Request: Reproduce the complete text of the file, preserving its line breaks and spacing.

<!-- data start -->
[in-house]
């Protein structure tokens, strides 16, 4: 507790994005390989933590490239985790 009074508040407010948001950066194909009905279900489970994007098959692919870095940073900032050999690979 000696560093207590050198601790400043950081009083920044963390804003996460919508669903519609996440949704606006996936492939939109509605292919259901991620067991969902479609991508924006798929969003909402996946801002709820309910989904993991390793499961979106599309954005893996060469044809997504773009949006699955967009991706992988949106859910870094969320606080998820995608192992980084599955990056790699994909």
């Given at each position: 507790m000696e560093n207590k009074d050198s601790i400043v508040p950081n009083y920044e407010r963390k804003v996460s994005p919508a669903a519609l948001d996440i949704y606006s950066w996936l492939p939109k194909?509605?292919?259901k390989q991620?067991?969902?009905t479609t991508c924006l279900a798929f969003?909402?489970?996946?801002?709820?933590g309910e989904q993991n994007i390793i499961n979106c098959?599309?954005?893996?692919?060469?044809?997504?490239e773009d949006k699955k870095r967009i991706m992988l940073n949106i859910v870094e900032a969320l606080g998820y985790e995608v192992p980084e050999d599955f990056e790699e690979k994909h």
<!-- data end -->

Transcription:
[in-house]
């Protein structure tokens, strides 16, 4: 507790994005390989933590490239985790 009074508040407010948001950066194909009905279900489970994007098959692919870095940073900032050999690979 000696560093207590050198601790400043950081009083920044963390804003996460919508669903519609996440949704606006996936492939939109509605292919259901991620067991969902479609991508924006798929969003909402996946801002709820309910989904993991390793499961979106599309954005893996060469044809997504773009949006699955967009991706992988949106859910870094969320606080998820995608192992980084599955990056790699994909």
């Given at each position: 507790m000696e560093n207590k009074d050198s601790i400043v508040p950081n009083y920044e407010r963390k804003v996460s994005p919508a669903a519609l948001d996440i949704y606006s950066w996936l492939p939109k194909?509605?292919?259901k390989q991620?067991?969902?009905t479609t991508c924006l279900a798929f969003?909402?489970?996946?801002?709820?933590g309910e989904q993991n994007i390793i499961n979106c098959?599309?954005?893996?692919?060469?044809?997504?490239e773009d949006k699955k870095r967009i991706m992988l940073n949106i859910v870094e900032a969320l606080g998820y985790e995608v192992p980084e050999d599955f990056e790699e690979k994909h």